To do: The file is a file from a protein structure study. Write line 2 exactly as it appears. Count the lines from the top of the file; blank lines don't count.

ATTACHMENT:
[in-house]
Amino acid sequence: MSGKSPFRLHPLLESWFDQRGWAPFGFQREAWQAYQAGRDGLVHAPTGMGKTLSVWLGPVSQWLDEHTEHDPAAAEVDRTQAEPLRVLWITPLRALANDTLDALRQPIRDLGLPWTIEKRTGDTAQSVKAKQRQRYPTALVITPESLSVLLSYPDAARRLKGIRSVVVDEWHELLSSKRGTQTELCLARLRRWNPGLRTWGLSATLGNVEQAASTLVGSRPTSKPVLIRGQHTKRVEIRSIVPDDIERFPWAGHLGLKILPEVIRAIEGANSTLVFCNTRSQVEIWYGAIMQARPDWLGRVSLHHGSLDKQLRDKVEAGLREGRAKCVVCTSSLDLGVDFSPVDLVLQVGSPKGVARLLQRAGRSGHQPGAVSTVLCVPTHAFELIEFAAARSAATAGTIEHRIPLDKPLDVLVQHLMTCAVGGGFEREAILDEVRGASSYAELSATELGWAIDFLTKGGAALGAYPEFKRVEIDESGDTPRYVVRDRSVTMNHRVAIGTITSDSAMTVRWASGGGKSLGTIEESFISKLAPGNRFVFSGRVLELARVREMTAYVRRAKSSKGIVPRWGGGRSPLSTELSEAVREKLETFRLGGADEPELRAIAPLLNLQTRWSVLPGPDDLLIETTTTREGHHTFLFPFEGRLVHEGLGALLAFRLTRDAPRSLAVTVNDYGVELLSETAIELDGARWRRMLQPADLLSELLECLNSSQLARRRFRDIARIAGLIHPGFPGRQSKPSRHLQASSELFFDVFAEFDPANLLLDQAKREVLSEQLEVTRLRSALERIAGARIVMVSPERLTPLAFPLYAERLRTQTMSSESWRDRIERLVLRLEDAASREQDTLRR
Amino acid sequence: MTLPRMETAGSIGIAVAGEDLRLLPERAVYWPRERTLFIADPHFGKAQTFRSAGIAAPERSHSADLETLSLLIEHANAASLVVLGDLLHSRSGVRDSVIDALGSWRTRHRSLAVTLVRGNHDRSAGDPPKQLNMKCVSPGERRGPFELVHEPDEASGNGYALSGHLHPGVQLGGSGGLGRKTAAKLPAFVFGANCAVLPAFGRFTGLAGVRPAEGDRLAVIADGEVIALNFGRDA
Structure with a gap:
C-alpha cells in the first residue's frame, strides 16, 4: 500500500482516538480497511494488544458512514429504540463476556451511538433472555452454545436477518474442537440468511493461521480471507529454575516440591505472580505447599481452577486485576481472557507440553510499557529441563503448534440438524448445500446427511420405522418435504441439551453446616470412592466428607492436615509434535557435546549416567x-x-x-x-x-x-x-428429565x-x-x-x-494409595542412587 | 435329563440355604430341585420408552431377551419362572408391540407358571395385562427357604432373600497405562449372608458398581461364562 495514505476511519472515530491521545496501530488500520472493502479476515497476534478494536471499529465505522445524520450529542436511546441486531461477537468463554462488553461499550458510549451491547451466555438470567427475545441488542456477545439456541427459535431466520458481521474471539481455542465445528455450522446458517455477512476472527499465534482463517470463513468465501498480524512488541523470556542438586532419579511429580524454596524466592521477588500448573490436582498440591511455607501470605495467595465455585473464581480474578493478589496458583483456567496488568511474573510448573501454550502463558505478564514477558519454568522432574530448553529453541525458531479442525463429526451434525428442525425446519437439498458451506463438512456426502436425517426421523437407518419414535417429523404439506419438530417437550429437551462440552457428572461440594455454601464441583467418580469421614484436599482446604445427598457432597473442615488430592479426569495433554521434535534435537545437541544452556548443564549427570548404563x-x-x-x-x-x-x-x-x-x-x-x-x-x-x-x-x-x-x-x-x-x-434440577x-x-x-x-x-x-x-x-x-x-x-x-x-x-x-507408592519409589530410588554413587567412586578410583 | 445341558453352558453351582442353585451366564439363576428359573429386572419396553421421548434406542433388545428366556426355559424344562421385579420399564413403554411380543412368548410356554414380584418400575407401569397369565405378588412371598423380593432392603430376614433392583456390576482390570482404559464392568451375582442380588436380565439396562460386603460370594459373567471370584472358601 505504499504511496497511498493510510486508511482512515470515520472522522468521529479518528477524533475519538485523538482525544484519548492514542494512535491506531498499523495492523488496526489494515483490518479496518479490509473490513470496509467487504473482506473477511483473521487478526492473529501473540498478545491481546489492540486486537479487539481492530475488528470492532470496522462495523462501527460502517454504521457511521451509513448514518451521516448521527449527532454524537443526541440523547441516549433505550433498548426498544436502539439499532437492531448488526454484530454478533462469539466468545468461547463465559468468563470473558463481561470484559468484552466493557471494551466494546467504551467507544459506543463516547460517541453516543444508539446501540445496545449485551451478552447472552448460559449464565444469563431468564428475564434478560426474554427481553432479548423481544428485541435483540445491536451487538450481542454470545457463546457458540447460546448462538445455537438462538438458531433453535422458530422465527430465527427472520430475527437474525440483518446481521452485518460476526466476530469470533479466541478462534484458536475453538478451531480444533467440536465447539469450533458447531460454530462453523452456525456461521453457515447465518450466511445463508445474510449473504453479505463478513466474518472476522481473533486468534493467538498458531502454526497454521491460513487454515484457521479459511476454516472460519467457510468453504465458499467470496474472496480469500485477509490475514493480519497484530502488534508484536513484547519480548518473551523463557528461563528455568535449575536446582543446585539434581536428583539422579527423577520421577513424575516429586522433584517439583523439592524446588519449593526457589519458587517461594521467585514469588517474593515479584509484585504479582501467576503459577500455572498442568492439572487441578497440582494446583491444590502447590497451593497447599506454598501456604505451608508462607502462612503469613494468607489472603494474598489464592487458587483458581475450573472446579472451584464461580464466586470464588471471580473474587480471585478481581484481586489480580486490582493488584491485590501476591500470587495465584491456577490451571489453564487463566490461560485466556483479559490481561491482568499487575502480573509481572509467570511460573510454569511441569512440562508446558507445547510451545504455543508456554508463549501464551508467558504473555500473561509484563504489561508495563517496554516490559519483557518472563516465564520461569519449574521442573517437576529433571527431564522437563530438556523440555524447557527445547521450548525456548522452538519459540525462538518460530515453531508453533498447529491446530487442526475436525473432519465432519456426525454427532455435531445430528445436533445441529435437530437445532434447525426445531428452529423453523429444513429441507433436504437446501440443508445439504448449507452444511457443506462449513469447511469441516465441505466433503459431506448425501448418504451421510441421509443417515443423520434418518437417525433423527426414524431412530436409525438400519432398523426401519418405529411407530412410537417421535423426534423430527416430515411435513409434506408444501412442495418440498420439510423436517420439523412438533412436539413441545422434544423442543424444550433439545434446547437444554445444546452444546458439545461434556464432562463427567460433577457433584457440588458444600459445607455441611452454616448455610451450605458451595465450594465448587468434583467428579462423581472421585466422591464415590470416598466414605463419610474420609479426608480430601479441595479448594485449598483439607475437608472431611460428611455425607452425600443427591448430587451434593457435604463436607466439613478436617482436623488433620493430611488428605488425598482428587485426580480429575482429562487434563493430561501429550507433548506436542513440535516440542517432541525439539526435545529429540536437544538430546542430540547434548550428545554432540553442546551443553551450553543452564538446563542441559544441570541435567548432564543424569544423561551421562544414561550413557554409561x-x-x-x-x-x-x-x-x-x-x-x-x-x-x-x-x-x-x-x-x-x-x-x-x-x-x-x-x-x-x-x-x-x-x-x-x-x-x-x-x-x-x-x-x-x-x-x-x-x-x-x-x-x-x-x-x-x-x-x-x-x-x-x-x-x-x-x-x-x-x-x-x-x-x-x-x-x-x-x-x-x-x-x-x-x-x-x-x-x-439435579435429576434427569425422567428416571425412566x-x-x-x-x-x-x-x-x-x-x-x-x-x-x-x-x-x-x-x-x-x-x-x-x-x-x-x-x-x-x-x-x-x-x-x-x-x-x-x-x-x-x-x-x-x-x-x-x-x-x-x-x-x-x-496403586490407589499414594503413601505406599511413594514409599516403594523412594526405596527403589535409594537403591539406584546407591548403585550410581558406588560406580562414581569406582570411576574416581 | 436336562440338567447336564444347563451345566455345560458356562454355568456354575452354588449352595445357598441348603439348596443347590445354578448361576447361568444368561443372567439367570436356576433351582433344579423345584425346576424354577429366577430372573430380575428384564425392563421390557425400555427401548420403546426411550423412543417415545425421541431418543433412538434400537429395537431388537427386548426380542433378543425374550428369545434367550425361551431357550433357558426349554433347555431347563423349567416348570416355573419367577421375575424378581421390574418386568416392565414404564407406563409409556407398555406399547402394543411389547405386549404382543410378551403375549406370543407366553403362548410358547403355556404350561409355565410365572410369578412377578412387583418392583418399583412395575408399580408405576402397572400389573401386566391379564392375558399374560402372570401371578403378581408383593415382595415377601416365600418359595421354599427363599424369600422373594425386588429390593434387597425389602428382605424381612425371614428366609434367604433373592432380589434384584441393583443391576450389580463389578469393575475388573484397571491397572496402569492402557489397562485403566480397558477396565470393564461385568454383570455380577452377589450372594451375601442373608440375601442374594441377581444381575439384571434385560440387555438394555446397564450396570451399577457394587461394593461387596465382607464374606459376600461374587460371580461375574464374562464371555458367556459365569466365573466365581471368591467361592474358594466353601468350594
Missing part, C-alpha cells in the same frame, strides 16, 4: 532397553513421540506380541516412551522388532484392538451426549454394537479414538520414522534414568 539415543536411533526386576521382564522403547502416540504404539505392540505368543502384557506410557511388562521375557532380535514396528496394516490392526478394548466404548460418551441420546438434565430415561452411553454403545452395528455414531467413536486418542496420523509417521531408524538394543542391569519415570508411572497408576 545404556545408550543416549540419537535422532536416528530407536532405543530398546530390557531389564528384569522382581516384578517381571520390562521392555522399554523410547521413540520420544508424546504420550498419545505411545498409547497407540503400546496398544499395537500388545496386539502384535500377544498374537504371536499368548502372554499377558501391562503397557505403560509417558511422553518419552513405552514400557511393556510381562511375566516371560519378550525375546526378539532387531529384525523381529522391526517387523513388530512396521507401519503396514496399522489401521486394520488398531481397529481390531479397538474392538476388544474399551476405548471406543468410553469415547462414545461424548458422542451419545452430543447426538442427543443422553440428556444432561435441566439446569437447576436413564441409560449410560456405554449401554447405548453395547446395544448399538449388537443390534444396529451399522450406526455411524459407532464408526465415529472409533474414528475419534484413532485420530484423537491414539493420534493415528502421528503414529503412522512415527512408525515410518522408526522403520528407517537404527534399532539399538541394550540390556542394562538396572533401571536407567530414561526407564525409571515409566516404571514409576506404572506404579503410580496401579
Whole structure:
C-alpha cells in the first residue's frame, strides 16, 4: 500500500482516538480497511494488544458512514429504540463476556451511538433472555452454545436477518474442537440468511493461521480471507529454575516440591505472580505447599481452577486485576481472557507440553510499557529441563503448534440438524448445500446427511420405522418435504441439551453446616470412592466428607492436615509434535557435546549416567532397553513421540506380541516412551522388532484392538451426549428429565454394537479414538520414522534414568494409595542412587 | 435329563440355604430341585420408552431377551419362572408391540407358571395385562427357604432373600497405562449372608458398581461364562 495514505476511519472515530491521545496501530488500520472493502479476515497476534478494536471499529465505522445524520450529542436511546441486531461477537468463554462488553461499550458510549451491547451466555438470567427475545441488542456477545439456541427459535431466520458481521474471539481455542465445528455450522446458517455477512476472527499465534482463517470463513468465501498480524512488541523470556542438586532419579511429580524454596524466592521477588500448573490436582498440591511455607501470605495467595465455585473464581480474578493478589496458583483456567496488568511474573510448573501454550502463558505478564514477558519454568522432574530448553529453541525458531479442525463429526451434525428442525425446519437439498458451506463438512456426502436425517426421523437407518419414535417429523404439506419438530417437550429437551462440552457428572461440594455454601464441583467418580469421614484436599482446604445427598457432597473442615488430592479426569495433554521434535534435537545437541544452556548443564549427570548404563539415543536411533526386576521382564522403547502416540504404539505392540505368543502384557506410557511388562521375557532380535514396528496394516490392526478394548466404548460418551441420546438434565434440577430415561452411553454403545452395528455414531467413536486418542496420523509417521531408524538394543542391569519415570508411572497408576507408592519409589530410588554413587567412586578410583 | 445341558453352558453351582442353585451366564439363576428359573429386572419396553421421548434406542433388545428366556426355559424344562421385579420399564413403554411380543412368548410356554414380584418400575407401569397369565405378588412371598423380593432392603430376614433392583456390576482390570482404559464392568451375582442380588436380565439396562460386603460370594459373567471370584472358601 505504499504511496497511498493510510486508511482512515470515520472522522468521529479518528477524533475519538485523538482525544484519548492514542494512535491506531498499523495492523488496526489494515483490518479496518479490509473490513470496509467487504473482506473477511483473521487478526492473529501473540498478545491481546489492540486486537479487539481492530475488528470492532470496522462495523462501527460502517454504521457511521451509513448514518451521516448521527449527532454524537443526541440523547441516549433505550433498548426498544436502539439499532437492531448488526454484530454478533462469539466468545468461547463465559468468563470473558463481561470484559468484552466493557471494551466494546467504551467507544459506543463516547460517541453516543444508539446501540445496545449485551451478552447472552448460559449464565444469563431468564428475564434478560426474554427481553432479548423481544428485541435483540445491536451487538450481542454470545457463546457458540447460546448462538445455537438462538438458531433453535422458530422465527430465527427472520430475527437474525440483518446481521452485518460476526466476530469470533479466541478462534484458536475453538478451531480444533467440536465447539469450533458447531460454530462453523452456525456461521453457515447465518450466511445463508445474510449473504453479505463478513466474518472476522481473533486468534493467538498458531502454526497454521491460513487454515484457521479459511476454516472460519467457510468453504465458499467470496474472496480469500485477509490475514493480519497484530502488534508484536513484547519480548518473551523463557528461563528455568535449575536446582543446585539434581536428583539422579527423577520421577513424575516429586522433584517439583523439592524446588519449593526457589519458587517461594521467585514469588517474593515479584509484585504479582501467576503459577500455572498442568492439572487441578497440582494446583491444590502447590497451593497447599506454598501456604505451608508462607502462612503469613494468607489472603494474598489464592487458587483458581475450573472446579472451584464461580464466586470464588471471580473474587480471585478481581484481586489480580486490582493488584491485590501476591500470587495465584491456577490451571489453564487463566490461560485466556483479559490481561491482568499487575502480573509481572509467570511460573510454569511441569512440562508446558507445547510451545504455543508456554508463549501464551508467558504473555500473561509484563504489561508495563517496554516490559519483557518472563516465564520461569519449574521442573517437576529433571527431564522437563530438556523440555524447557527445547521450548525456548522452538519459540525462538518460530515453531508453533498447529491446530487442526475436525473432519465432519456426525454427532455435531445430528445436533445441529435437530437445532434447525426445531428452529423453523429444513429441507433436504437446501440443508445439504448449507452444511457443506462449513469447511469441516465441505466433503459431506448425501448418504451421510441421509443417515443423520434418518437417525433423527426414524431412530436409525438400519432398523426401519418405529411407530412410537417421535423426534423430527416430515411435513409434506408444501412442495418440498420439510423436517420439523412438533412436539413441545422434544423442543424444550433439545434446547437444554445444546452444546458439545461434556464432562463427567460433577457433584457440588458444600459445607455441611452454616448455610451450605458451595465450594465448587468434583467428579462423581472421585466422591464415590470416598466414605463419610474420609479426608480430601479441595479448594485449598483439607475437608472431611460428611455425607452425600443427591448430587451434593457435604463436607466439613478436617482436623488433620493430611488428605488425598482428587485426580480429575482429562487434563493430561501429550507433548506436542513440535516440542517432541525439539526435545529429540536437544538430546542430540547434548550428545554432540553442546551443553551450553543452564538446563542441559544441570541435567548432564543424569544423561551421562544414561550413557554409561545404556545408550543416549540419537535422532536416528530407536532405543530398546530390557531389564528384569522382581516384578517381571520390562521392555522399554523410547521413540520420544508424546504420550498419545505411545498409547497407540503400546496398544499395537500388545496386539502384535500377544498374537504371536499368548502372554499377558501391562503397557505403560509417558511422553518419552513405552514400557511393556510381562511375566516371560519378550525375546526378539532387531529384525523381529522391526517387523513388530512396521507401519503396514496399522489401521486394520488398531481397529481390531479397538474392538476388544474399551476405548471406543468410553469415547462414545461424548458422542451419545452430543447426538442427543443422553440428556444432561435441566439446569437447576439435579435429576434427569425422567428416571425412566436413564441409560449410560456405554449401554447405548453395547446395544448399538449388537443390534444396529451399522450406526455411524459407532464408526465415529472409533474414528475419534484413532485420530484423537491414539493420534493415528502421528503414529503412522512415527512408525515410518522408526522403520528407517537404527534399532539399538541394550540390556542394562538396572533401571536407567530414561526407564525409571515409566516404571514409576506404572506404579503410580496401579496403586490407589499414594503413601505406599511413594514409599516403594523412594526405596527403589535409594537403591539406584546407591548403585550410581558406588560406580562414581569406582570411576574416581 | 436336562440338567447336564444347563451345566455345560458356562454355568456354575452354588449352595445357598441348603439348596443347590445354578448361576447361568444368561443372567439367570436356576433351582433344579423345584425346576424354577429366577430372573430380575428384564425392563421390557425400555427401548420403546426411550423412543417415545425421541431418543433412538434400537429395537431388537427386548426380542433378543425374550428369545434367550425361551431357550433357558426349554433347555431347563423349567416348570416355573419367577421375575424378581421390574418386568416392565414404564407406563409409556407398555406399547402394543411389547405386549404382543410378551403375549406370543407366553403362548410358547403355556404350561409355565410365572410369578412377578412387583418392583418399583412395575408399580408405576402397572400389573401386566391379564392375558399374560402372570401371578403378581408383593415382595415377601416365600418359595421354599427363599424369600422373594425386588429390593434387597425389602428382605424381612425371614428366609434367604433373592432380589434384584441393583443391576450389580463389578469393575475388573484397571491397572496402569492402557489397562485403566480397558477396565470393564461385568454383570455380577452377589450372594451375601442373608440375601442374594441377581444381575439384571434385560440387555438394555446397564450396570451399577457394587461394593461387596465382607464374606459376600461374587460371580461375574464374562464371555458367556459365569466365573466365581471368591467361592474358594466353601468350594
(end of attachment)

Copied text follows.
Amino acid sequence: MSGKSPFRLHPLLESWFDQRGWAPFGFQREAWQAYQAGRDGLVHAPTGMGKTLSVWLGPVSQWLDEHTEHDPAAAEVDRTQAEPLRVLWITPLRALANDTLDALRQPIRDLGLPWTIEKRTGDTAQSVKAKQRQRYPTALVITPESLSVLLSYPDAARRLKGIRSVVVDEWHELLSSKRGTQTELCLARLRRWNPGLRTWGLSATLGNVEQAASTLVGSRPTSKPVLIRGQHTKRVEIRSIVPDDIERFPWAGHLGLKILPEVIRAIEGANSTLVFCNTRSQVEIWYGAIMQARPDWLGRVSLHHGSLDKQLRDKVEAGLREGRAKCVVCTSSLDLGVDFSPVDLVLQVGSPKGVARLLQRAGRSGHQPGAVSTVLCVPTHAFELIEFAAARSAATAGTIEHRIPLDKPLDVLVQHLMTCAVGGGFEREAILDEVRGASSYAELSATELGWAIDFLTKGGAALGAYPEFKRVEIDESGDTPRYVVRDRSVTMNHRVAIGTITSDSAMTVRWASGGGKSLGTIEESFISKLAPGNRFVFSGRVLELARVREMTAYVRRAKSSKGIVPRWGGGRSPLSTELSEAVREKLETFRLGGADEPELRAIAPLLNLQTRWSVLPGPDDLLIETTTTREGHHTFLFPFEGRLVHEGLGALLAFRLTRDAPRSLAVTVNDYGVELLSETAIELDGARWRRMLQPADLLSELLECLNSSQLARRRFRDIARIAGLIHPGFPGRQSKPSRHLQASSELFFDVFAEFDPANLLLDQAKREVLSEQLEVTRLRSALERIAGARIVMVSPERLTPLAFPLYAERLRTQTMSSESWRDRIERLVLRLEDAASREQDTLRR